At the core of long-term investing is an investor’s ability to leverage exponential returns.
That’s why long-term investing is so powerful!
2. A Passive Way To Earn Income
As mentioned earlier, investing in stocks can be as easy as buying a single globally diversified all-in-one ETF.
Such strategies require very little time and maintenance once you’ve set up your brokerage accounts and automated contributions with pre-authorized deposits.
While nothing is entirely passive, index investing is about as passive as it gets.
By buying and holding stocks, you’re making your money work for you instead of the other way around.
3. Favourable Tax Treatment
Who doesn’t love paying less in taxes?
One of the best features of investing is that profits from investing can be entirely tax-free if the investments are within a registered account such as a TFSA, RRSP, or FHSA.
For example, if your investments are held in a TFSA, any investment profits and withdrawals are tax-free. RRSP investment gains are tax-free, but since you contribute with before-tax dollars, withdrawals are still taxed at your marginal tax rate.
Even in a non-registered account, income generated from dividends and capital gains are treated favourably to regular employment income.
Only half of your capital gains are eligible to be taxed at your marginal tax rate. Dividends are also taxed advantageously, which holds especially true the less income you have.
4. Investing Forces You To Save
In order to invest, you need to have money saved up in the first place.
According to Statistics Canada, the average net saving for all Canadian households in 2018 was $852, and the BDO Canada Affordability Index found that a third of Canadians don’t save anything at all!
By setting aside some money to invest, you are consciously budgeting money to save instead of spend.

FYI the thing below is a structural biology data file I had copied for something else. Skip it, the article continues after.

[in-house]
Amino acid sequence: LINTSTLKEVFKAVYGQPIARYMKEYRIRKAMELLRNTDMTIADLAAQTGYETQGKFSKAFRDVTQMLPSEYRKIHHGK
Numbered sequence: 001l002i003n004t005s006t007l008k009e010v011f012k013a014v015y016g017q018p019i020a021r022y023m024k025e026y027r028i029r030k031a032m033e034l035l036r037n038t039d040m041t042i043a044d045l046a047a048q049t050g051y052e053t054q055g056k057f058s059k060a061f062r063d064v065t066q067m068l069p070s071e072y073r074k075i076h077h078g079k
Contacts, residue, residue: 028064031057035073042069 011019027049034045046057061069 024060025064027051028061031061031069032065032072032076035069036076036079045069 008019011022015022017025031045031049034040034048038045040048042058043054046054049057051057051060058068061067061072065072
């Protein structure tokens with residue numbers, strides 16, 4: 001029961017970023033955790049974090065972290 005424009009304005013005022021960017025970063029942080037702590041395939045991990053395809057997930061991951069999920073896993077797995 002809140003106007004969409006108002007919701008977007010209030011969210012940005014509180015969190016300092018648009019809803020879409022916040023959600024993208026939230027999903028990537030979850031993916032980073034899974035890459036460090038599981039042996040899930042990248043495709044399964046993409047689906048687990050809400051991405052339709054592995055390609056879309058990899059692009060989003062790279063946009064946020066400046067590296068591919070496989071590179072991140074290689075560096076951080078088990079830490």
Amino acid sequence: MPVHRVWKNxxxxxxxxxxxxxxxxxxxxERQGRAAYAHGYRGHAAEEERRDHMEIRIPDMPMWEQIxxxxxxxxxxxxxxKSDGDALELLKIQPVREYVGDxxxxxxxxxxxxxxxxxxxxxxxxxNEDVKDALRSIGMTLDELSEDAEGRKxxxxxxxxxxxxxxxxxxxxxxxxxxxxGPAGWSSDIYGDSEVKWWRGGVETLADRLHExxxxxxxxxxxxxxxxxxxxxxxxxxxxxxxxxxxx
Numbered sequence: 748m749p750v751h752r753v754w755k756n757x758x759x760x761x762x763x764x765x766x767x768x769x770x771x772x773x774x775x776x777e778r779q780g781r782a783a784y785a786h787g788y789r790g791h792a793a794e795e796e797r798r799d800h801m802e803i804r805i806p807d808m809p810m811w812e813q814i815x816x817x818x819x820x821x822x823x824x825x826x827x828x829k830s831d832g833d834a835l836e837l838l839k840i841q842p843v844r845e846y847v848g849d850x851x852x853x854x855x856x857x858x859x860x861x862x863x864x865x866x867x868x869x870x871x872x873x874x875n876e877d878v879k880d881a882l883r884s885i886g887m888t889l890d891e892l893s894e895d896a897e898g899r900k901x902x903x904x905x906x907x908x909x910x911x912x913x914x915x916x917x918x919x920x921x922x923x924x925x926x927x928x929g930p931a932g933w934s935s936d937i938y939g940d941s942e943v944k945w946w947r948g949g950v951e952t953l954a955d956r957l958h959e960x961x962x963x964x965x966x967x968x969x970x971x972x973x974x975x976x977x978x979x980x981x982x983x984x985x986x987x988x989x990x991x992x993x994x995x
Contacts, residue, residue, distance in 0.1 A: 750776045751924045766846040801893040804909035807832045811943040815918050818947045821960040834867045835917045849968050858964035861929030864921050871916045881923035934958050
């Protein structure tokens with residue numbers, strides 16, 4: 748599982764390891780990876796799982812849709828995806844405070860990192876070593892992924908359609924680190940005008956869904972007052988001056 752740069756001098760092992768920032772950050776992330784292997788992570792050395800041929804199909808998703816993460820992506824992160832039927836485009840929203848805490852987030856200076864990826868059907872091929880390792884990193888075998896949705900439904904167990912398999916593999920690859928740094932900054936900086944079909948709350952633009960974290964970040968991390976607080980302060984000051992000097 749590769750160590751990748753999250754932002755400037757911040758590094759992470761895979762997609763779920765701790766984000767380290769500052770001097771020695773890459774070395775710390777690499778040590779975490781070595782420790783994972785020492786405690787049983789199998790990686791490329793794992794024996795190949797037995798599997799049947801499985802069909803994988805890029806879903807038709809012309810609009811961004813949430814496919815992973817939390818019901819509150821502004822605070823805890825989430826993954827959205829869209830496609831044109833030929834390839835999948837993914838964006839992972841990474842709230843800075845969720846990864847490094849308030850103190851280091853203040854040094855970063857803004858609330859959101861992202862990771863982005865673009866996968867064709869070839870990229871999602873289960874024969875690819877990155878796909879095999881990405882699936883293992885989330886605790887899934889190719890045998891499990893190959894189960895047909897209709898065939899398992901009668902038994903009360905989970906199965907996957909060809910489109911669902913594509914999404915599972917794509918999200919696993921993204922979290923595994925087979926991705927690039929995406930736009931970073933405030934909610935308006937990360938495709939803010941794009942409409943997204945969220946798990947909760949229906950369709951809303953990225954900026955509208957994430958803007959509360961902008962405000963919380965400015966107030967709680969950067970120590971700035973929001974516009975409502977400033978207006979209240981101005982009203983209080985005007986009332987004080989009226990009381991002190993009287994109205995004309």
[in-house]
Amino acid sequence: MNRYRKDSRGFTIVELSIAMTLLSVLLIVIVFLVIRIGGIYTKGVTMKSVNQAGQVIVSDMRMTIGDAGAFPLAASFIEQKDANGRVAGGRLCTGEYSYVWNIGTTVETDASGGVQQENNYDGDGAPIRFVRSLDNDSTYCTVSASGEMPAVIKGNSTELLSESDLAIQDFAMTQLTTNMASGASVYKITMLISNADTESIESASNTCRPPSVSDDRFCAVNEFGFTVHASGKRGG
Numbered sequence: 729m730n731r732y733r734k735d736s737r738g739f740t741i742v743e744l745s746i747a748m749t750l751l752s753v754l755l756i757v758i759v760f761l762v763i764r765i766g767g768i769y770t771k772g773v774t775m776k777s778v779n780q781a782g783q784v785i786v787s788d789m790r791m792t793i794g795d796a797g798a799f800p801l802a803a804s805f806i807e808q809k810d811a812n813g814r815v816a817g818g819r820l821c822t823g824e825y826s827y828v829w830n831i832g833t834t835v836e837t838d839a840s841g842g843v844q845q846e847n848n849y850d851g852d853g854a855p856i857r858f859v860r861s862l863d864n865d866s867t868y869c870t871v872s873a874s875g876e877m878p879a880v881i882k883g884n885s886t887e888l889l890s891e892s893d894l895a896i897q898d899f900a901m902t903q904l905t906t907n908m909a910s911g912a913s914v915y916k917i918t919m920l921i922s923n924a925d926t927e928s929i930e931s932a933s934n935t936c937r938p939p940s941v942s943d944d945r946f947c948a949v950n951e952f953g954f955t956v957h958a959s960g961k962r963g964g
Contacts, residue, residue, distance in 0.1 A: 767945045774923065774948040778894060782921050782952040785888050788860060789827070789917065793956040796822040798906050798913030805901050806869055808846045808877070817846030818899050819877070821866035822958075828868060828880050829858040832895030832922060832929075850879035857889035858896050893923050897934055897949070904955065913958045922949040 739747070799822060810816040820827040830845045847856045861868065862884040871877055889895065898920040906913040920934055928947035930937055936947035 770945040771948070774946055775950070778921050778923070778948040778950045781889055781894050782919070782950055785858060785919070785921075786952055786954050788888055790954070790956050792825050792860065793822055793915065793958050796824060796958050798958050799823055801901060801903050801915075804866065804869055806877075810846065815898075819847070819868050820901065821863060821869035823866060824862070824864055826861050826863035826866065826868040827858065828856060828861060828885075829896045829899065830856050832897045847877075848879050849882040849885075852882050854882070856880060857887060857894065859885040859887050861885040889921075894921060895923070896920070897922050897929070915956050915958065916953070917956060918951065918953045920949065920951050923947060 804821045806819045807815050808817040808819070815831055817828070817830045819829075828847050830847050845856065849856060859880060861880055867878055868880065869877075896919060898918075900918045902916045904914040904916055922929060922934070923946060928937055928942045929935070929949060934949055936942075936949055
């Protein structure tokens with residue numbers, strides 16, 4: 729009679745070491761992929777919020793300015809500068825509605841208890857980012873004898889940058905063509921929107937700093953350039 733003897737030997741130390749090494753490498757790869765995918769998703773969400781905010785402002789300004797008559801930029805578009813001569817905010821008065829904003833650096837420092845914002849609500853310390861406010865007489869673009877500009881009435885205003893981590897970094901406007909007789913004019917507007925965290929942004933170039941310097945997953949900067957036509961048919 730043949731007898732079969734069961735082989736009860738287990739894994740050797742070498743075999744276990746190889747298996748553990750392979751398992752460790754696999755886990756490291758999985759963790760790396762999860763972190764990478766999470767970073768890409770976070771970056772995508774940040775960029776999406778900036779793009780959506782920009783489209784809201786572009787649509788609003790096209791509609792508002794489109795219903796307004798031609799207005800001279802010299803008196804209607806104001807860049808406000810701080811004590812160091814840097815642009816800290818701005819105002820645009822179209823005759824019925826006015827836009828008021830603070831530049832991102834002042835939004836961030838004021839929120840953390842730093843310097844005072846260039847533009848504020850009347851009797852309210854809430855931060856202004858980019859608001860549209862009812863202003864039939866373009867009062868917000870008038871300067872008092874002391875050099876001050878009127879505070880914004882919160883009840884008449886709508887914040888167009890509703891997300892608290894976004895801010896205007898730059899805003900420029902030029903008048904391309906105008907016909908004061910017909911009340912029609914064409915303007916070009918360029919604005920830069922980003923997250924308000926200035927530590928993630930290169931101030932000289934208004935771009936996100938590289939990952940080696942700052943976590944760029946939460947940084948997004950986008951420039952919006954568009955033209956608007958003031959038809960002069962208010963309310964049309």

An effective way to automate savings is to set up pre-authorized deposits after every paycheque to automatically contribute funds into your online brokerage account.
By paying yourself first, you establish effective habits that will grow long-term wealth and a comfortable retirement nest egg.
5. A Hedge Against Inflation
By investing your savings, the real value of your money is being protected from inflation.
There is a real (pun intended!) problem with storing all of your savings in the bank for long periods of time.
This money is earning a savings interest rate that is likely lower than the average inflation rate of 2% in Canada. Unfortunately, that means that the buying power of your money is actually decreasing over time in a bank account.
That’s not to say that it’s a bad idea to have some savings. For example, it’s commonly recommended to keep an emergency fund of at least 3-6 months of living expenses in a liquid bank account.
However, for the money you won’t be needing soon, you’re definitely missing out on long-term capital appreciation if you forego investing these additional savings into the stock market.
Is It Worth Trying To Beat The Market?
Here’s a little anecdotal story of my early investment journey.
When I was in my early 20s, I was the kind of investor that would pick my own stocks, believing that I could easily beat average market returns.
That didn’t last long, and soon I grew tired of constantly checking up with my stocks, keeping up with the latest headlines, and worrying about whether it was time to buy or sell.
I started to wonder if there was a more efficient approach to investing.
How likely is it that the average investor will be able to outperform the market over the long run? Let’s look towards the data.
In the world of investments, there is a concept called alpha. Alpha represents the ability of an investment strategy to generate returns excess of market returns.
Research done by the S&P Dow Jones Indices show that nearly 90% of actively managed mutual funds performed worse than the S&P 500 over the last 15 years. In other words, their investments generated negative alpha.
A potential explanation for this result can be found in the Efficient Market Hypothesis (EMH), which hypothesizes that all available information is already factored into stock prices, making it impossible to generate alpha consistently and beat the market over the long run.
The inability of even the market professional to beat a passive investing approach speaks to the low likelihood of the average investor outperforming the market, at least without taking on significant risk.